Captivated By Nature. Mr. Carl Young, a native Californian, first fell in love with severe weather on a Great Plains storm chase, which led him to the study of tornado dynamics and ultimately a masters degree in atmospheric science from the University of Nevada, Reno. While attending a meteorological conference, Carl met Tim Samaras who encouraged him to collect meteorological data from inside tornadoes as the principal focus of his thesis research. Every spring since 2003, Carl has headed out with Tim, and together the team has tracked down over 125 tornadoes.
Carl’s finest moment came on June 11, 2004 near Storm Lake, Iowa. Working with Tim, they defied the odds and deployed their probes right in the path of a tornado. The six-camera video probe captured amazing footage from multiple angles while the sensor probe recorded data that revealed just how fast wind speeds are close to the ground. Since then Carl remained eternally optimistic that they could repeat the same feat despite the huge challenges for successful deployments.
Remembered By Many. Our very own WeatherNation Staff Meteorologist Andy Mair had the honor of working with Tim, Paul, and Carl during their TWISTEX field projects and had this to say about their untimely passing:“I honestly don’t even know how to begin this… I’m in total shock. I was lucky enough to know Tim, Paul and Carl during my 3 summers working with TWISTEX. I learned so much from them about chasing, weather, and how to handle yourself professionally in the field. Tim was never one to break the rules or risk anyone’s life, which is why this is a such a shock to me. I had some of the best moments of my life chasing with them and it’s so hard believe they are gone. Tim was so impressive when you met him. He was so smart, but down to earth. He would talk to anyone that wanted to say hi or get a picture. He was truly about the science and helping people. Paul mainly took pictures and video for the team. He was more quiet, but I remember spending hours with him in a restaurant learning about cameras from him. Carl was always a very funny individual. He would always be making a joke or finding something entertaining to do while we were on our long drives. The chasing community has lost, in my opinion, the best chase team to ever live. What separated them from the pack was how relaxed they always were, and how Tim could calm his whole team so the best decision was made. I owe these guys so much for not only the best chasing of my life, but for how much I learned from them about weather. Rest in Peace my friends. You will be truly missed…”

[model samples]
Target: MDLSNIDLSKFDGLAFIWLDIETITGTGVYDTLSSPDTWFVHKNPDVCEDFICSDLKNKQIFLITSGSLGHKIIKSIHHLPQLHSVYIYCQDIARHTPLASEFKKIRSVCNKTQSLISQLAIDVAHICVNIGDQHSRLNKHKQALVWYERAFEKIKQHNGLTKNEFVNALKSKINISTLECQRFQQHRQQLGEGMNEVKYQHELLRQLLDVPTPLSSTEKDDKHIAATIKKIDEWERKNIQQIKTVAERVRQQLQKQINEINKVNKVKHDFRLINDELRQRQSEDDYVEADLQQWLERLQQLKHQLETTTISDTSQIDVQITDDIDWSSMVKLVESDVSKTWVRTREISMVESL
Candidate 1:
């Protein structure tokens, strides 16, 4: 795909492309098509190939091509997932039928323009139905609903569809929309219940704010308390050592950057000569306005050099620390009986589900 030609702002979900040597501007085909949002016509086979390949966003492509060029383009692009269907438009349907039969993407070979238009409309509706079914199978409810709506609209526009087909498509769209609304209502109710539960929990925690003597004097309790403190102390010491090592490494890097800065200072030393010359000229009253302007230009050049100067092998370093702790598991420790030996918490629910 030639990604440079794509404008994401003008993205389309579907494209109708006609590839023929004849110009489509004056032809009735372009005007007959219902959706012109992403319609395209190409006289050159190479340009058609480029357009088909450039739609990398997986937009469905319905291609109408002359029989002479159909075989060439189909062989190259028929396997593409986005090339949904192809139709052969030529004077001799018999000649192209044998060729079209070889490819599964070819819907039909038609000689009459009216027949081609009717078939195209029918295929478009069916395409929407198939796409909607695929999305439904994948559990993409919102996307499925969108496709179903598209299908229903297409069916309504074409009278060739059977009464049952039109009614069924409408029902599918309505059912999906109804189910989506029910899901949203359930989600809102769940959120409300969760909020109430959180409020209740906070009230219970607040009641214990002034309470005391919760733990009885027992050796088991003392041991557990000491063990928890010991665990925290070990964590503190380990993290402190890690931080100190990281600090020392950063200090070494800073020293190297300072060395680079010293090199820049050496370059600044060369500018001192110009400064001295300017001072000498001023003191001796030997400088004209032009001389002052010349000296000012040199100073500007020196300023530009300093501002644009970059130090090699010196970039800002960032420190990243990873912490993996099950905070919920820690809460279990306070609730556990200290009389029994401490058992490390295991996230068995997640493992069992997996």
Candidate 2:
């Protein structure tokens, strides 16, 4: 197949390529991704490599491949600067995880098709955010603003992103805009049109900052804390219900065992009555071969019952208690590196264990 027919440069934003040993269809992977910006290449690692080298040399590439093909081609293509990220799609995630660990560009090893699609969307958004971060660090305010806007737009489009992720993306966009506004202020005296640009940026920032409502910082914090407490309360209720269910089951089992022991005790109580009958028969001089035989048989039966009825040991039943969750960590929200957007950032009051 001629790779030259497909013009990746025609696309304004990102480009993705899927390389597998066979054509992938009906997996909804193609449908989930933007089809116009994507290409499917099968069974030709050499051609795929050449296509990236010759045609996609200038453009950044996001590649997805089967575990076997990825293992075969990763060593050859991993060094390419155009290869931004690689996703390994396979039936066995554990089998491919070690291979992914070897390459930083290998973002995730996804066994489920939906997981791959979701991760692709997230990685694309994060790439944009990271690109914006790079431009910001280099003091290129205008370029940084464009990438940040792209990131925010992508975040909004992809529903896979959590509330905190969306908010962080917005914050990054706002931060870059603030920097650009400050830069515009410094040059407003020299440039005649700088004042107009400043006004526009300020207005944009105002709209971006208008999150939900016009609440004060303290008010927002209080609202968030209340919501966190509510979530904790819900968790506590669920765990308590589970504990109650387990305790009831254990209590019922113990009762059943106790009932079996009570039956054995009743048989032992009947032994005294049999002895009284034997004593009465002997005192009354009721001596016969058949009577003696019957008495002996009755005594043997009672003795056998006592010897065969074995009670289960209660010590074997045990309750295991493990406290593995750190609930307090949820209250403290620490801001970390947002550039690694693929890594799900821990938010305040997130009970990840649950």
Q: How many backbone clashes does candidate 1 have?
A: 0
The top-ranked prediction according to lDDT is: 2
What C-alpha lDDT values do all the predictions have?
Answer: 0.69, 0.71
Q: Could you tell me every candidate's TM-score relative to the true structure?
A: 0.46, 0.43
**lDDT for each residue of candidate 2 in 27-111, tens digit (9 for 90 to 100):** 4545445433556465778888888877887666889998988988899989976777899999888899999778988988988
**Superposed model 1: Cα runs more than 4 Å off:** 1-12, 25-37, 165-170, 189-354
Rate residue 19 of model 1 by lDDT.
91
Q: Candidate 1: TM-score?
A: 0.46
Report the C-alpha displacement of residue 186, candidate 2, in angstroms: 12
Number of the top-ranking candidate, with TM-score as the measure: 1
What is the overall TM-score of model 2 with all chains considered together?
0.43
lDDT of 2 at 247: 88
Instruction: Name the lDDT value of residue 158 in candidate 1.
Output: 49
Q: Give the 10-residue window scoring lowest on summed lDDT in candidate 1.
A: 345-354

Our thoughts and prayers go out to the Samaras and Young families, and to all those who knew these men personally. The research, meteorology, and storm chasing communities have suffered a great loss. We also send our deepest sympathies to everyone who lost friends and family in these recent violent storms.